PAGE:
Chapter Two – The title here refers to “Chapter Two” of a life. Our main characters are a widower and a divorcee who get set up on a date by mutual friends. He’s very much still in mourning, but has emerged in some ways from his grief and she is looking for real love after a disastrous marriage. They begin by talking on the phone, and there’s some brilliantly and falsely disastrous miscommunication that allows them to talk and learn about each other. He meant to call an older woman about something unrelated and ends up talking to her by accident. It’s not exactly a meet-cute, but takes on the energy of on. They talk more and more and eventually begin dating. The curtain falls on act I and we open again on the two of them returning from a honeymoon that has the exact opposite feel of the early phone conversation. Something has gone disastrously wrong. What we soon learn is that our widower spent the entire honeymoon in a funk. And this mood grew and grew and he was never able to have a good time, and this led both of them to feel minor resentments and lash out. This causes them to reach the point of a dangerous brink. He’s still in mourning and he believably says he doesn’t want to feel the way he does and he resents that he’s in this new relationship, after not wanting to leave his old one, and it becomes hard to talk about it because she is hurt by his grief. It goes from there.
I’ve never lost someone but I have dated someone or tried to date someone who realized soon after meeting me that they were still grieving for someone they had lost, and it’s tough for everybody.
The Odd Couple – You already know this one. The movie version of this play, which does follow very closely to the play in general (it’s a near copy except for the following) begins with a long, extended silent opening scene as Felix Unger wanders around all night in hopeless grief before he finally shows up to the apartment of Oscar Madison. This wouldn’t work on a stage for obvious reasons, but it helps to establish the state of being of Felix (and pads out the movie some). The play begins with a card game among a group of married/divorced men. Each man talks about his situation with his wife or ex-wife. Most of the men are there as stock characters, but we have a man whose wife is on vacation and he has to check in (men of course get very weird when wives are out of town) and there’s the cop who makes jokes about breaking up the game when he’s losing. It’s a lot of banter, and also functions as a kind of Greek chorus that will help frame other parts of the story. Our focus is first on Oscar, who we need to meet because he is one part of our title couple. He’s divorced with kids, and a sportswriter who is a slob and likes to play the field. He’s also a stock character in a way, or maybe has helped to create the stock character of divorced dad. Anyway, as they’re talking they find out via phonecall that Felix’s wife has left him and he stormed out and threaten suicide. So they are worried. He finally shows up the game and they each fawn over him and try to give him advice or comfort. What’s decided is that he should stay the night at Oscar’s place. Before bed, he decides to clean up from the game, and this sets in motion the rest of the play. The Odd Couple aspect of the whole thing I think feels much more robust in memory than in actuality for the play, maybe because of several movie versions and two different tv shows, but it’s still there, and more so, it’s pretty funny. It’s also a funny snapshot of a time and a place.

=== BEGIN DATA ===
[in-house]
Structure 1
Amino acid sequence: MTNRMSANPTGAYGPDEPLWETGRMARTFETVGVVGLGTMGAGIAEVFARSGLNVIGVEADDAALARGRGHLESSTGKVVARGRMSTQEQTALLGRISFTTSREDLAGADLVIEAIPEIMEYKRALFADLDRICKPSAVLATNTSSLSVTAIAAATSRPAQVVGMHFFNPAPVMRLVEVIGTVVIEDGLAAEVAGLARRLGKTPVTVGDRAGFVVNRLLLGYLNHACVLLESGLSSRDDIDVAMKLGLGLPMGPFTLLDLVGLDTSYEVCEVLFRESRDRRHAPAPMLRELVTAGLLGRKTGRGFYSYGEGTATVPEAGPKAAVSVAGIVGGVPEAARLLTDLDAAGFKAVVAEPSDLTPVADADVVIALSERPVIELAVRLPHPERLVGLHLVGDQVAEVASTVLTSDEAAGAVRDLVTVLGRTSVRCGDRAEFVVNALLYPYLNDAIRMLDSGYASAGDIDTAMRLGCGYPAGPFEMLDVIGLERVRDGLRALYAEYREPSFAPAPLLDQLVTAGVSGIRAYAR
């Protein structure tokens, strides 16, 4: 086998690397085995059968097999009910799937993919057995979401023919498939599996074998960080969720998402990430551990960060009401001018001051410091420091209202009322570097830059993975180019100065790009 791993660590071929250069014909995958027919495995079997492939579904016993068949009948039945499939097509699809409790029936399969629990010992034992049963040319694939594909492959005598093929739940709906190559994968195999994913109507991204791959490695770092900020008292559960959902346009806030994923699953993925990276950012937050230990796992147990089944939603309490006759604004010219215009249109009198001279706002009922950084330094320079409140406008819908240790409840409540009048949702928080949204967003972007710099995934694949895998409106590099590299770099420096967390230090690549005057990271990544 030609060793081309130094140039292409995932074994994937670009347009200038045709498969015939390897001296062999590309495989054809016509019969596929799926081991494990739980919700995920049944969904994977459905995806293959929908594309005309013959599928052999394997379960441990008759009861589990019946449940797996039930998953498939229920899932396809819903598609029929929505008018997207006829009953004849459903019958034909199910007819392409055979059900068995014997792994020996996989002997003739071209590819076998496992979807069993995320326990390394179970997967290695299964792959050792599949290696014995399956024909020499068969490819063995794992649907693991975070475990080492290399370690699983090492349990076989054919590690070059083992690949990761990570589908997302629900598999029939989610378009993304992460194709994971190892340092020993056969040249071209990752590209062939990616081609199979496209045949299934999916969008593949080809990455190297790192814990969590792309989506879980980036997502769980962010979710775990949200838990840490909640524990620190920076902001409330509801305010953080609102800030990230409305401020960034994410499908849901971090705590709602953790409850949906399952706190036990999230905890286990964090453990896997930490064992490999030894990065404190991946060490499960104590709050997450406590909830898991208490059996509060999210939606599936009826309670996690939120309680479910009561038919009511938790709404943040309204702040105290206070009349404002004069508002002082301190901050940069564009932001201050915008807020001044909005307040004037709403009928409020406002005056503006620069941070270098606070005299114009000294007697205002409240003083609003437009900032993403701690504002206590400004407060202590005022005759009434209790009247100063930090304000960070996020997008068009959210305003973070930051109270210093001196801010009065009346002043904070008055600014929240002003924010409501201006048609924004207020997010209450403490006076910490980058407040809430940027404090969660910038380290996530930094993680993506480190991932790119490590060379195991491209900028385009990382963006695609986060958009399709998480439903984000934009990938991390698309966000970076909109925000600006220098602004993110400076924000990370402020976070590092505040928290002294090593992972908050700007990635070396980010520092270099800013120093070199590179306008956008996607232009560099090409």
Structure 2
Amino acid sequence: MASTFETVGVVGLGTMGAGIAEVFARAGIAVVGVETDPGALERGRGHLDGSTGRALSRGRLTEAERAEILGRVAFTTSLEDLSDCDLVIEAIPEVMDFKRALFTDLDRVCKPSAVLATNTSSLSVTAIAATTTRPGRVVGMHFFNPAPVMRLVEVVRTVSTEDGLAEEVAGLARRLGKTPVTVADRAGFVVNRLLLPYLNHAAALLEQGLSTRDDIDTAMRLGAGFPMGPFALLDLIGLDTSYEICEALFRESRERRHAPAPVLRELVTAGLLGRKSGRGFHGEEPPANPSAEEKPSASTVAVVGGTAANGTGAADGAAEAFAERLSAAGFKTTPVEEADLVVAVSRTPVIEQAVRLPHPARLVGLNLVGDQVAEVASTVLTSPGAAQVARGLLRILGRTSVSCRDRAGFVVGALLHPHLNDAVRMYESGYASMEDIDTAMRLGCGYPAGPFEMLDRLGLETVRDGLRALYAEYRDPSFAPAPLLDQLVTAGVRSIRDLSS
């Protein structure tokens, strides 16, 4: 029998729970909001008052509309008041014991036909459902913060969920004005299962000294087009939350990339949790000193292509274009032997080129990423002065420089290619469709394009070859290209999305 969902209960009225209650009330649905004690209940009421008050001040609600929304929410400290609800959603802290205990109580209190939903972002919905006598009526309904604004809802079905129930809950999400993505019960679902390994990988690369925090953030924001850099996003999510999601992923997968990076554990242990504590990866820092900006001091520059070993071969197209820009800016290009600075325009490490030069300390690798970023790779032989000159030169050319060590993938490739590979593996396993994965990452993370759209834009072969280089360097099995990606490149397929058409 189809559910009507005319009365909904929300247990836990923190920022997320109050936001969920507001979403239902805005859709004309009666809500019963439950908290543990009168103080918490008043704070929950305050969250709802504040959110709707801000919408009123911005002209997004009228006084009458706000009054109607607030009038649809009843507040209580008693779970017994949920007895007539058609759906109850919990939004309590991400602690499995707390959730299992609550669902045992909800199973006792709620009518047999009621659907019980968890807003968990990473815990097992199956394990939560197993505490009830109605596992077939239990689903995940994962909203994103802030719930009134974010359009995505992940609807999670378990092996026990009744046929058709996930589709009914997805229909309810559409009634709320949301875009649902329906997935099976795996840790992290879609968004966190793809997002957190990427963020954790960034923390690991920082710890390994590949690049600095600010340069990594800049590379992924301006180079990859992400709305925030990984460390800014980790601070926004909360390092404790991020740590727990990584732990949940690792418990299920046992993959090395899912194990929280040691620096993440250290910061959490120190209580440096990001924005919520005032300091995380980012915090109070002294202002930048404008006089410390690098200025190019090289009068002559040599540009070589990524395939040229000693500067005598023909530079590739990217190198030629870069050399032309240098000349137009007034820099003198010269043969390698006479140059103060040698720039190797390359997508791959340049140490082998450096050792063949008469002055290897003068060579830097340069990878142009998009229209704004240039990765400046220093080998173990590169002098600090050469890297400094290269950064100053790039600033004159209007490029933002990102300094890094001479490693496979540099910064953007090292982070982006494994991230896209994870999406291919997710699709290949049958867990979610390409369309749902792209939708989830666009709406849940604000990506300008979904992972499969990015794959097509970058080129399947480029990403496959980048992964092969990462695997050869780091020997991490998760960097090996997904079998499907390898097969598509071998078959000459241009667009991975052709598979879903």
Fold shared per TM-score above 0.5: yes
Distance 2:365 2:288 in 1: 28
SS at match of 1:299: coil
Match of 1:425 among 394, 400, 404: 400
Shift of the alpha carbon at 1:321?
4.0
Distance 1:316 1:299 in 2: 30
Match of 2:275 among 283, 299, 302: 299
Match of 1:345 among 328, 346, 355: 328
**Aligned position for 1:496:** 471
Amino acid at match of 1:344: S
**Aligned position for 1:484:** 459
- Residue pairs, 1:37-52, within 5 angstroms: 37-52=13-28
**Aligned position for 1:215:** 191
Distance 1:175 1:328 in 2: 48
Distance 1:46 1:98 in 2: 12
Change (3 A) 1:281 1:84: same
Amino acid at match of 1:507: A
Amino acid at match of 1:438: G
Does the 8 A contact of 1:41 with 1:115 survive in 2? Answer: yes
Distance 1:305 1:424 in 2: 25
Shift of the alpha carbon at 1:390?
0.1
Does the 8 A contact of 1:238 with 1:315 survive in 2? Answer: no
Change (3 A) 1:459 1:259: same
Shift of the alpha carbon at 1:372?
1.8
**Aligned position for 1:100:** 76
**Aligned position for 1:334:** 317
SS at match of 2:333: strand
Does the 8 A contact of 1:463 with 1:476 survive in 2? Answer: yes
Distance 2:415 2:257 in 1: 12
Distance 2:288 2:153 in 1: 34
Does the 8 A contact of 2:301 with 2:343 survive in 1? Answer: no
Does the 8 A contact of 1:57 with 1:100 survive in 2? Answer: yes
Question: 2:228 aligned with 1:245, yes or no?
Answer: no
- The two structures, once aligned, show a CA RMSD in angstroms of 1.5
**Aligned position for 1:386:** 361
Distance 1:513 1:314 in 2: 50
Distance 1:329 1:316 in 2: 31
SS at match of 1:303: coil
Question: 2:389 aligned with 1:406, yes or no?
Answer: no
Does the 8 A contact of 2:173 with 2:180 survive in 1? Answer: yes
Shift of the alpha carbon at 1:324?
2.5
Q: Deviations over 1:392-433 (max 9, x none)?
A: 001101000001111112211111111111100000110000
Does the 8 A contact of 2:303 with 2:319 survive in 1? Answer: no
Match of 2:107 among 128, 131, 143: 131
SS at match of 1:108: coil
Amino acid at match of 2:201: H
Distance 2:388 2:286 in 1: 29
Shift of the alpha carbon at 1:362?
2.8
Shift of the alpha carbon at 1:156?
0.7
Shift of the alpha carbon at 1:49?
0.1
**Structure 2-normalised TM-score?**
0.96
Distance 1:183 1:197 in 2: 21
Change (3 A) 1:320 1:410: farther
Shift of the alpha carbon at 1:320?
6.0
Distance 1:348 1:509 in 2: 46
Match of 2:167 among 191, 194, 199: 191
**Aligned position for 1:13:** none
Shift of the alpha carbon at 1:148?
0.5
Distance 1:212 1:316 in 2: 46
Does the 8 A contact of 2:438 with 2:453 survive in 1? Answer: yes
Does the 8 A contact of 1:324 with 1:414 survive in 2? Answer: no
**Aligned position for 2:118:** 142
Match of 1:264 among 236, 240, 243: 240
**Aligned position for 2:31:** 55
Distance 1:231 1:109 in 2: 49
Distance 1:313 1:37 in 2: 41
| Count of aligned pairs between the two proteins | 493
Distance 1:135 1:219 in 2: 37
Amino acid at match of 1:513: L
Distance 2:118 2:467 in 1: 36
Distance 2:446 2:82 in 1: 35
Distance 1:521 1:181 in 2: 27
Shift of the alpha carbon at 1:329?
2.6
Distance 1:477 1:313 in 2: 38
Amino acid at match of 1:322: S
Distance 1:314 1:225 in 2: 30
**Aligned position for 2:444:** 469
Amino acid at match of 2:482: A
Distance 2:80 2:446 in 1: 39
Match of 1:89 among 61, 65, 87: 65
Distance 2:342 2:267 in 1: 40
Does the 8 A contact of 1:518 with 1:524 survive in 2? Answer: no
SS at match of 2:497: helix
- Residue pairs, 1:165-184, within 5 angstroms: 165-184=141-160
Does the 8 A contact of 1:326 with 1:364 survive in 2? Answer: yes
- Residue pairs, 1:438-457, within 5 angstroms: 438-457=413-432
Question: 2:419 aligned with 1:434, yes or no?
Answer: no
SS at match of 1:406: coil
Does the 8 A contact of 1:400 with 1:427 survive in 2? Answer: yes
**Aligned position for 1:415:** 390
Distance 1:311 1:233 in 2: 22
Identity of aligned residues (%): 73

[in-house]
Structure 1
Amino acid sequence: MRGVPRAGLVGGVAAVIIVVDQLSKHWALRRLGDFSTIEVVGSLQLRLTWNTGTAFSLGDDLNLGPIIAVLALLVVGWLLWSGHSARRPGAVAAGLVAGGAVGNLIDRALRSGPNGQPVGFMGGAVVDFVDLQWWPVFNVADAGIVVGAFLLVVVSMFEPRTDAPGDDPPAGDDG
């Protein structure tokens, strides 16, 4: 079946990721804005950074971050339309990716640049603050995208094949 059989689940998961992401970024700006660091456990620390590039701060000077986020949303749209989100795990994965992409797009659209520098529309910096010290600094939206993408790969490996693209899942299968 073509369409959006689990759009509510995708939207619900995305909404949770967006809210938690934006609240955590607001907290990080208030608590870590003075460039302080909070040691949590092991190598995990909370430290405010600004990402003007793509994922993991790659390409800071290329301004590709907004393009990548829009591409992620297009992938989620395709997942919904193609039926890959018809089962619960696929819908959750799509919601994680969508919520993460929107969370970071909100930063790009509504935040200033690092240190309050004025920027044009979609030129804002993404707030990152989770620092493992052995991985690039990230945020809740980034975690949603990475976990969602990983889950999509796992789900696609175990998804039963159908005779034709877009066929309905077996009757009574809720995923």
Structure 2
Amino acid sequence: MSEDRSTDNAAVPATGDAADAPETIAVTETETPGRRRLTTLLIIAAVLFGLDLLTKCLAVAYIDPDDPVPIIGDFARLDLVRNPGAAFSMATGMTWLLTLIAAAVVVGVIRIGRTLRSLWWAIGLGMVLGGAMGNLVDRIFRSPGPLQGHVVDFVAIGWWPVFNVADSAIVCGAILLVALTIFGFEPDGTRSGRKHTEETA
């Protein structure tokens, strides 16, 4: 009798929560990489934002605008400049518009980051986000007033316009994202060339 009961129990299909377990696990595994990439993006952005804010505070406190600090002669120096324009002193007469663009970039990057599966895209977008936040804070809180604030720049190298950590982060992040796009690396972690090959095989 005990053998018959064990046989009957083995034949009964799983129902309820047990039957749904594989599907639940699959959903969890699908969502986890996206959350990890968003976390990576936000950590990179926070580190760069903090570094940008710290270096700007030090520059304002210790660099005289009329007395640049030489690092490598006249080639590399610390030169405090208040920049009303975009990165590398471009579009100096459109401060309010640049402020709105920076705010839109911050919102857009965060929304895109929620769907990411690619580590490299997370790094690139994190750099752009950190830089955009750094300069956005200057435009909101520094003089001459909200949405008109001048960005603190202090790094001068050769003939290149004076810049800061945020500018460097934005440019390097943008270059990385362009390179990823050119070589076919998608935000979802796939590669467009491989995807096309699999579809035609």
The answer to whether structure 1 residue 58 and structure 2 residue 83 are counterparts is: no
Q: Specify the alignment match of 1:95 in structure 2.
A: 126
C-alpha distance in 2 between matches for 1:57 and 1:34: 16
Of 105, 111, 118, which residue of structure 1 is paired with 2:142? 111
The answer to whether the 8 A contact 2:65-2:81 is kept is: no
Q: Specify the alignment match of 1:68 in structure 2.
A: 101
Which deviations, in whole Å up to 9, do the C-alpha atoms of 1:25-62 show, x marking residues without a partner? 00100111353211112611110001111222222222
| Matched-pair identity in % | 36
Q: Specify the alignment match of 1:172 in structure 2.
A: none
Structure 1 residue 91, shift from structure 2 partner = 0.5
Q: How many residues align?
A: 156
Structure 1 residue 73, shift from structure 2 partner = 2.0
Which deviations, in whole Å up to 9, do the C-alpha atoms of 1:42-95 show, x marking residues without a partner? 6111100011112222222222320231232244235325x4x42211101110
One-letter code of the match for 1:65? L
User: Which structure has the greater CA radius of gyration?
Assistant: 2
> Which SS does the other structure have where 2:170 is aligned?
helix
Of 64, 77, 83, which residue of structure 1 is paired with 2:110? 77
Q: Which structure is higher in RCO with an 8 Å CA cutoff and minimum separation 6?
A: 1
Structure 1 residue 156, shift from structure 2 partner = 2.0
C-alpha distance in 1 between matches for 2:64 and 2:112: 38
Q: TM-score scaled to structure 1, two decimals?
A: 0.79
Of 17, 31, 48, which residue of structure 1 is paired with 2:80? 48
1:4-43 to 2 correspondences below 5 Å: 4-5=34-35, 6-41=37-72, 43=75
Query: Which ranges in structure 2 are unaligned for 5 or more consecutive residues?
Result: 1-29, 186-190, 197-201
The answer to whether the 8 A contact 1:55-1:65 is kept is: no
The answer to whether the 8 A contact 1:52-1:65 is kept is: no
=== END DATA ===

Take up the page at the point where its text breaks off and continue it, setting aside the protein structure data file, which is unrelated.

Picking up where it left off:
The Prisoner of Second Avenue – Mel Edison starts cracking up one night. It’s the middle of the night and he’s awoken by the sounds of the city. He wakes his wife up with fretting and they start discussing things. What we find out before too long is that Mel has lost his job and is breaking down. The life that he built feels like it’s unraveling and he’s taking it out on whoever and whatever he can, including himself. But it’s also a comedy, a black one, so the effects are mitigated in various ways. Oh, also the apartment gets robbed. Mel needs something and it’s unclear what. They call his siblings and a choice is presented as to whether he needs intensive therapy or a new vocation. Both are costly and neither guaranteed.
Biloxi Blues – I grew up watching the movie version of this. We had it on tape from a free preview of HBO. Not only was it not particularly appropriate for kids, I wouldn’t have understood it anyway. This is part of a three-part memoir of plays called the Eugene trilogy. I haven’t read the first one, but having read this and the follow-up, I do think it’s clear they can be read separately. Anyway, Eugene is a would-be writer and he’s being shipped off to basic training for the army near the beginning of WWII. Eugene is the chronicler of events, but not always the protagonist. Instead, there’s a cast of characters, but who gets the most attention is Arnold Epstein, who seems to have the army’s number from day one. If you can be a conscientious assenter, Arnold is. The cast of characters includes soldiers from all over the country and of course an overbearing drill sergeant, played by Christopher Walken in the movie, but by William Sadler in the original stage version. Matthew Broderick plays Eugene in both film and stage versions. The story is the story of basic training, is a kind of kunstlerroman for Eugene as a writer, and is about getting laid. It’s also about the exercise of power, the prejudicial inconsistencies in the US, and the tolls of army life on young men. There’s a moment when the soldiers discuss the mortality rate projections for invasions of Japan and Europe, and they talk about how something like 64% of them would be killed. There’s also a lot of conversations about what one would do with the ideal life. It’s important to remember throughout that these are 18/19 year olds.